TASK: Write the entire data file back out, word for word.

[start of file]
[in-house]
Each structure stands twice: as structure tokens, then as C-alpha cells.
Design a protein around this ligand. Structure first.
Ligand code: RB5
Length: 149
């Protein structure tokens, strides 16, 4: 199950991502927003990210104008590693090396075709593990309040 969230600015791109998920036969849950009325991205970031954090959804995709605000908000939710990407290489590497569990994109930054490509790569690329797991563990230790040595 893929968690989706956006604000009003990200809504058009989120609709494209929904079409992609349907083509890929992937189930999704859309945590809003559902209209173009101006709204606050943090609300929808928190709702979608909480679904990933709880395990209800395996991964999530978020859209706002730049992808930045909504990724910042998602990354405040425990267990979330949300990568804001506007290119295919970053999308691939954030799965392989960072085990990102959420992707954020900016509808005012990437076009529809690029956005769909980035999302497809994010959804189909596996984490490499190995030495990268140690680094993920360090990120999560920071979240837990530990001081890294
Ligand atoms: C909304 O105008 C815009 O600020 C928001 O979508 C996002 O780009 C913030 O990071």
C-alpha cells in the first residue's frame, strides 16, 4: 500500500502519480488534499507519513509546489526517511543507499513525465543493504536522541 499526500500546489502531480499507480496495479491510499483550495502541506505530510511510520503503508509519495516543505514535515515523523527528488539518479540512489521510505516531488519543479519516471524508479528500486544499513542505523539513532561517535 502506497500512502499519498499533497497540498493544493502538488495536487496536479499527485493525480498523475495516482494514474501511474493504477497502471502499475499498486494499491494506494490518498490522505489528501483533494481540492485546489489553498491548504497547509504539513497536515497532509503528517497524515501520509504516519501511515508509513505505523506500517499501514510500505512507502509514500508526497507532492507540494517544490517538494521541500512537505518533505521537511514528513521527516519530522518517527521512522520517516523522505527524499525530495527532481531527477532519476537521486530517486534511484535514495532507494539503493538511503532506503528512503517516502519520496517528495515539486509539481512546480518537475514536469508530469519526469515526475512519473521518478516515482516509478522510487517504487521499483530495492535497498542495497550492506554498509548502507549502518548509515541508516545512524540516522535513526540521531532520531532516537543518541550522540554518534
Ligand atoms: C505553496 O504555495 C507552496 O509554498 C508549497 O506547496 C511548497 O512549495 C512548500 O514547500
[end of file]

[in-house]
Each structure stands twice: as structure tokens, then as C-alpha cells.
Design a protein around this ligand. Structure first.
Ligand code: RB5
Length: 149
């Protein structure tokens, strides 16, 4: 199950991502927003990210104008590693090396075709593990309040 969230600015791109998920036969849950009325991205970031954090959804995709605000908000939710990407290489590497569990994109930054490509790569690329797991563990230790040595 893929968690989706956006604000009003990200809504058009989120609709494209929904079409992609349907083509890929992937189930999704859309945590809003559902209209173009101006709204606050943090609300929808928190709702979608909480679904990933709880395990209800395996991964999530978020859209706002730049992808930045909504990724910042998602990354405040425990267990979330949300990568804001506007290119295919970053999308691939954030799965392989960072085990990102959420992707954020900016509808005012990437076009529809690029956005769909980035999302497809994010959804189909596996984490490499190995030495990268140690680094993920360090990120999560920071979240837990530990001081890294
Ligand atoms: C909304 O105008 C815009 O600020 C928001 O979508 C996002 O780009 C913030 O990071």
C-alpha cells in the first residue's frame, strides 16, 4: 500500500502519480488534499507519513509546489526517511543507499513525465543493504536522541 499526500500546489502531480499507480496495479491510499483550495502541506505530510511510520503503508509519495516543505514535515515523523527528488539518479540512489521510505516531488519543479519516471524508479528500486544499513542505523539513532561517535 502506497500512502499519498499533497497540498493544493502538488495536487496536479499527485493525480498523475495516482494514474501511474493504477497502471502499475499498486494499491494506494490518498490522505489528501483533494481540492485546489489553498491548504497547509504539513497536515497532509503528517497524515501520509504516519501511515508509513505505523506500517499501514510500505512507502509514500508526497507532492507540494517544490517538494521541500512537505518533505521537511514528513521527516519530522518517527521512522520517516523522505527524499525530495527532481531527477532519476537521486530517486534511484535514495532507494539503493538511503532506503528512503517516502519520496517528495515539486509539481512546480518537475514536469508530469519526469515526475512519473521518478516515482516509478522510487517504487521499483530495492535497498542495497550492506554498509548502507549502518548509515541508516545512524540516522535513526540521531532520531532516537543518541550522540554518534
Ligand atoms: C505553496 O504555495 C507552496 O509554498 C508549497 O506547496 C511548497 O512549495 C512548500 O514547500